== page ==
With Europe’s vaccine rollout creeping forward, attention is turning to what will happen when the continent’s borders reopen. Where this debate could get particularly fraught is over the thorny issue of migration.
Last weekend, populist Euroskeptic Nigel Farage, whom many credit with making Brexit happen, tweeted about a “Covid crisis in Dover,” baselessly claiming that a boat carrying migrants had landed in southeast England, “with 12 on board and they all tested positive for the virus.”
The UK government took the unusual step of directly responding to Farage’s tweet, with the Home Office replying: “This is incorrect. None of these 12 people tested positive for Covid-19. All adults who arrived today have been tested for Covid-19.”
Twitter has since removed Farage’s original tweet, for violating the site’s rules. CNN asked Farage to comment on the matter, but he declined to respond.
A Home Office official told CNN that while the suggestion migrants are spreading the coronavirus is a “fringe opinion,” they are concerned about people with large groups of followers — like Farage — amplifying this false message. And they noted that Farage’s tweet got a lot more interaction from Twitter users than their reply correcting it.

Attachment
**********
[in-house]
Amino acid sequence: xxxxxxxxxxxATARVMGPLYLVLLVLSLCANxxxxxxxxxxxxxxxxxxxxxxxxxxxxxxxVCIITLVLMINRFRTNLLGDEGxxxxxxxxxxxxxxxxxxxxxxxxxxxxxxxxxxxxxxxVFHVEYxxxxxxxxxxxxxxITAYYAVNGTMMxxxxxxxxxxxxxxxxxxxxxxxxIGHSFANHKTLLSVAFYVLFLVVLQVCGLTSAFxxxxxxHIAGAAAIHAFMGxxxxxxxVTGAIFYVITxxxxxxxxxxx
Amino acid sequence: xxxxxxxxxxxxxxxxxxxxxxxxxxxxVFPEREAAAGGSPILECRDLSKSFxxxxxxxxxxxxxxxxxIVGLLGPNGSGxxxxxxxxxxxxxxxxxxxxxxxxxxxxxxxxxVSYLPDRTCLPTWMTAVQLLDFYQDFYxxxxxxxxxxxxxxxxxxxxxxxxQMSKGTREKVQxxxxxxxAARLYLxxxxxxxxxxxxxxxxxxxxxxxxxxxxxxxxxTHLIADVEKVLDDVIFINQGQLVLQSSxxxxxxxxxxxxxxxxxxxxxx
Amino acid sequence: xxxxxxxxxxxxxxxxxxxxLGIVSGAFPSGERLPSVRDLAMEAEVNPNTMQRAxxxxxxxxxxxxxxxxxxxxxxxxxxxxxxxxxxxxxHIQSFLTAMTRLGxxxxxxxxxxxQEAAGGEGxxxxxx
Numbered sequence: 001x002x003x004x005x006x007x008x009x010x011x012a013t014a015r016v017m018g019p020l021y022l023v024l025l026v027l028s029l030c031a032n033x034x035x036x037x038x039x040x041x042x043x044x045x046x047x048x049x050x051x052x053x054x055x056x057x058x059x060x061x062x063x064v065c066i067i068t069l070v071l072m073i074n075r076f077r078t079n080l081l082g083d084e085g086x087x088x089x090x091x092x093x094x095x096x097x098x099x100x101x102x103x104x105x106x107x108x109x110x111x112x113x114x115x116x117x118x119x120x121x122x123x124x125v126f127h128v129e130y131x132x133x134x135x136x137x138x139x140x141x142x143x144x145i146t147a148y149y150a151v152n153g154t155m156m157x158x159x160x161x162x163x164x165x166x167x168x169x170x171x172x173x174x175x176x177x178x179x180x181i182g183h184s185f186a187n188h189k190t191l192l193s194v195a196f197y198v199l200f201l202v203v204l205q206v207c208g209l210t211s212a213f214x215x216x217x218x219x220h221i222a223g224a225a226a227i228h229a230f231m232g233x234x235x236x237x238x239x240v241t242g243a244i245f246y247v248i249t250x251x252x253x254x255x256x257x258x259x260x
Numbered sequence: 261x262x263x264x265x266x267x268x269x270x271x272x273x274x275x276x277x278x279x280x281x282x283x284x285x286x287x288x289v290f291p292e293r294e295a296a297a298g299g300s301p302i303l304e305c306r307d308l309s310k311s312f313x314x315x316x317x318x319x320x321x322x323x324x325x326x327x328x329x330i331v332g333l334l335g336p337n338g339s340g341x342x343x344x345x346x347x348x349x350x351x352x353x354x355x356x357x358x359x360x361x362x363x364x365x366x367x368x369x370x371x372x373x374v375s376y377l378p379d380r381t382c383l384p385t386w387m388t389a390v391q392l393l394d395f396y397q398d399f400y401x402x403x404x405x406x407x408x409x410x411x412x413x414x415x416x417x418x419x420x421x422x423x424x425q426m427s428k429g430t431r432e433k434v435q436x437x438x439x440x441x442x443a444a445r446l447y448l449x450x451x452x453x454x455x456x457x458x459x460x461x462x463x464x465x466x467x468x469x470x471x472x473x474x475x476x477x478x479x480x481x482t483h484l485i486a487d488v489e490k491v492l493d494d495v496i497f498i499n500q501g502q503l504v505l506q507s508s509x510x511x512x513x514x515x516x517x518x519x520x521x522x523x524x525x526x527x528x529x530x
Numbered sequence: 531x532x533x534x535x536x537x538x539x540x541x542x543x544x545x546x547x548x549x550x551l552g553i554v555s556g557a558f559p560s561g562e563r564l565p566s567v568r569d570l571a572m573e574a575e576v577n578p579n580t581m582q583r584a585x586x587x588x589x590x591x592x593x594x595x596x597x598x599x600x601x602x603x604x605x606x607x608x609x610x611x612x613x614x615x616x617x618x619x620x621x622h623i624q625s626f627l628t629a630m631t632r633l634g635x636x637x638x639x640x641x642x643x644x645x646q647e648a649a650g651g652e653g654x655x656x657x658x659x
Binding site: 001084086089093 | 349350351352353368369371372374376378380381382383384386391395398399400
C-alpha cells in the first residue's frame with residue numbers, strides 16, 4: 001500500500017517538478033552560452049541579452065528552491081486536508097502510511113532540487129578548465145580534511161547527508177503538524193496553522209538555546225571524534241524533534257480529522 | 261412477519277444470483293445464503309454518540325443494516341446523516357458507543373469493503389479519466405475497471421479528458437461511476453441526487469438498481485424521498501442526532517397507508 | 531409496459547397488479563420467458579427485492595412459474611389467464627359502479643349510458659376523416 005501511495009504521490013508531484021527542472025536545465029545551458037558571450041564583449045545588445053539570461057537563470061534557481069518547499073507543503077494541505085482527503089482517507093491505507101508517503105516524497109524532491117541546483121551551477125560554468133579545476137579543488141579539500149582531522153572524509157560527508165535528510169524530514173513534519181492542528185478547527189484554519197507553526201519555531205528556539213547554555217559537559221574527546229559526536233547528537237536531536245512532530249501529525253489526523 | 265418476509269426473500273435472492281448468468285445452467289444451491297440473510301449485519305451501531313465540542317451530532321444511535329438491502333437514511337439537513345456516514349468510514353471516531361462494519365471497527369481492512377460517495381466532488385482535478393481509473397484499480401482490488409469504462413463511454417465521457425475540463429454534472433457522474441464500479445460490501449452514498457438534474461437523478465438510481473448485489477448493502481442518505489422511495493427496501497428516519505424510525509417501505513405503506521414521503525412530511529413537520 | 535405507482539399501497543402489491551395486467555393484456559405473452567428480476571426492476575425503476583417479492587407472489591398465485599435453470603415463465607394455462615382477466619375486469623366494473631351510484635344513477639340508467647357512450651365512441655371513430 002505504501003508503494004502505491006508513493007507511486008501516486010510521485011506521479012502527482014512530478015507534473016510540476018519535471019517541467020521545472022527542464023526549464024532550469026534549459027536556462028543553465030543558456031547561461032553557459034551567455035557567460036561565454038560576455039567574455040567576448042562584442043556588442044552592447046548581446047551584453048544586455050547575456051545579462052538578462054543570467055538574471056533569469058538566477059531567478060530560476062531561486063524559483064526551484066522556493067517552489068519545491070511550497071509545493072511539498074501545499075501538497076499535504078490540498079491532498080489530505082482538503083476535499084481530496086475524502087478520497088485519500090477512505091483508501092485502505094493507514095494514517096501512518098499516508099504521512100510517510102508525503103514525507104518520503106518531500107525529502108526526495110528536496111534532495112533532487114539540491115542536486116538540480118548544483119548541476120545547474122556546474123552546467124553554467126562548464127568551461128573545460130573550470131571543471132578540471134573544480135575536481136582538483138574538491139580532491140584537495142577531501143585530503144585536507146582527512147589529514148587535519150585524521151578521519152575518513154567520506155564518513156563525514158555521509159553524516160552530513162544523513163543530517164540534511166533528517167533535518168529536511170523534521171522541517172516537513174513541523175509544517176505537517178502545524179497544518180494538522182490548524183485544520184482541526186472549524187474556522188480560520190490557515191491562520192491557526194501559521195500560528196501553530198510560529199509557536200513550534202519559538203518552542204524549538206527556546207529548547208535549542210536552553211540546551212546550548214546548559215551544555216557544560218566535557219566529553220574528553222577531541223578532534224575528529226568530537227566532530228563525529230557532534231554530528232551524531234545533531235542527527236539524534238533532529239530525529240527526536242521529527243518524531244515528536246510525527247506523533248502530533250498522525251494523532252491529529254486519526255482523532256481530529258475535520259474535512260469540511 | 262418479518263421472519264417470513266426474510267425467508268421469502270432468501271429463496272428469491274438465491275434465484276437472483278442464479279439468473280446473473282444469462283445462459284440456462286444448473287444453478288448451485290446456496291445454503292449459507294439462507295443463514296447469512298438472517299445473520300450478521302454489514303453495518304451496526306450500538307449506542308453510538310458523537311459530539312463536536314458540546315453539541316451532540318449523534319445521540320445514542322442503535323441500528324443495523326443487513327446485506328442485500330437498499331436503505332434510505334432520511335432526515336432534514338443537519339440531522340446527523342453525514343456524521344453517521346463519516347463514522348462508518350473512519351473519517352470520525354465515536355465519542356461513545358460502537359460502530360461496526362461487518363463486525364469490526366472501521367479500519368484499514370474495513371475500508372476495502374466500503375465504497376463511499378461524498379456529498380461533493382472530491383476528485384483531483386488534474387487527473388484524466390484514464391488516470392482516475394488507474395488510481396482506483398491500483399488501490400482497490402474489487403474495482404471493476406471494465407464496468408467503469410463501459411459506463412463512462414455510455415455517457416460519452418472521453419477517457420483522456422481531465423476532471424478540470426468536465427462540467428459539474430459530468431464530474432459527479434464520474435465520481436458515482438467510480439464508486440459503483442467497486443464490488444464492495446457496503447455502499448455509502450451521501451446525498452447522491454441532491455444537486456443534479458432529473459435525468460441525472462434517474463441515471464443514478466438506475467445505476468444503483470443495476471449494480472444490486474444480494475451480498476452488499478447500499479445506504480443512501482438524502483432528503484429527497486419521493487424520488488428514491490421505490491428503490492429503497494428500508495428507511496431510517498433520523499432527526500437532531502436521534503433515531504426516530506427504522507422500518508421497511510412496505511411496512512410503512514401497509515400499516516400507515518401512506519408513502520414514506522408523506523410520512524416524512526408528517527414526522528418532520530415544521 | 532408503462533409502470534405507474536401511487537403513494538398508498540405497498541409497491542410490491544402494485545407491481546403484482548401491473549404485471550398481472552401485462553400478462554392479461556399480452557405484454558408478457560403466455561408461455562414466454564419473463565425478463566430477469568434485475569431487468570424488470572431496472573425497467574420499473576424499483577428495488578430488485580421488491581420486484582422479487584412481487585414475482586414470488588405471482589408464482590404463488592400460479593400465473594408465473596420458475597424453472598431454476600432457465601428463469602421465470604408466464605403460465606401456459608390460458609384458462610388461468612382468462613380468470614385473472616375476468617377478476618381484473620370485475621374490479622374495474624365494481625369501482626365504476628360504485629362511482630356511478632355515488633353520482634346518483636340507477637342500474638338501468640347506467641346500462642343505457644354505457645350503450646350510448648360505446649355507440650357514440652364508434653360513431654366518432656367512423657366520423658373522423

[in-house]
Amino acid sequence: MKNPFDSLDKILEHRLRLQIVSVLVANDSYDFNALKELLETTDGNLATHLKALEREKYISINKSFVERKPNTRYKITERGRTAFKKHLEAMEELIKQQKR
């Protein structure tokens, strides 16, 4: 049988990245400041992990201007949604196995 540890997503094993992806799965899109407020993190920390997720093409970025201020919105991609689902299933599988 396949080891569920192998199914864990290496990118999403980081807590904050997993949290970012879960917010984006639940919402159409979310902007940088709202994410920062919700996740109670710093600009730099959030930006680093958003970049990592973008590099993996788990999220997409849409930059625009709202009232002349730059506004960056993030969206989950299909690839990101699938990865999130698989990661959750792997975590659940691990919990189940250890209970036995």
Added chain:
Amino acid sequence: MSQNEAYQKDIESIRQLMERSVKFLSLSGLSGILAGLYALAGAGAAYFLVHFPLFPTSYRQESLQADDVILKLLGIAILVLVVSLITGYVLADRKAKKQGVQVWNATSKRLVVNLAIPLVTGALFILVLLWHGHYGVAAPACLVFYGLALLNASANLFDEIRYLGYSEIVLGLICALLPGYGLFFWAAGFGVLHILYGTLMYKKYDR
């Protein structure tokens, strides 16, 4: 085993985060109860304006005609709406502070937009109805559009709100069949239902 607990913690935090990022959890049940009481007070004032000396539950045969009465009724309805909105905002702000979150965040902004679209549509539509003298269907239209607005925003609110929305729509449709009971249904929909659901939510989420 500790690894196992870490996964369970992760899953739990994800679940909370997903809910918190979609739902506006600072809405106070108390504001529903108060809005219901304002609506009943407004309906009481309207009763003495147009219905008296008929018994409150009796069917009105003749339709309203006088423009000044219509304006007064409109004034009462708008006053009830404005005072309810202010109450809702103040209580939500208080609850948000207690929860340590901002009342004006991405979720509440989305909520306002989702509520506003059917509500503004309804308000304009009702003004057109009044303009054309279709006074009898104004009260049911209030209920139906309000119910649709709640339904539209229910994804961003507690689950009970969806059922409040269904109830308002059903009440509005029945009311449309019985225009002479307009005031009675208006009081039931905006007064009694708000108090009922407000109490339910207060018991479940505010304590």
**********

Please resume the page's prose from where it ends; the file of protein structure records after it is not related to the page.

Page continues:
Farage has form for using the plight of migrants to further his political ambition.
During the Brexit referendum campaign in 2016, his group famously unveiled a poster showing a long line of people — supposedly migrants — alongside the slogan: “BREAKING POINT: The EU has failed us all.”
In the months leading up to the referendum, Europe had seen a huge influx of refugees desperate to flee conflict in the Middle East, particularly Syria.
Defending the poster, Farage made a direct link between migration from Syria and terrorism, saying: “When ISIS say they will use the migrant crisis to flood the continent with their jihadi terrorists, they probably mean it.”
The poster — which obscured the only prominent White person in the original image — was subsequently reported to the police for inciting racial hatred.
The photographer who captured the shot, at the border between Slovenia and Croatia in 2015, said the poster “betrayed” the people pictured.
Farage is not alone in his attempts to spread misinformation suggesting a link between Covid and migrants.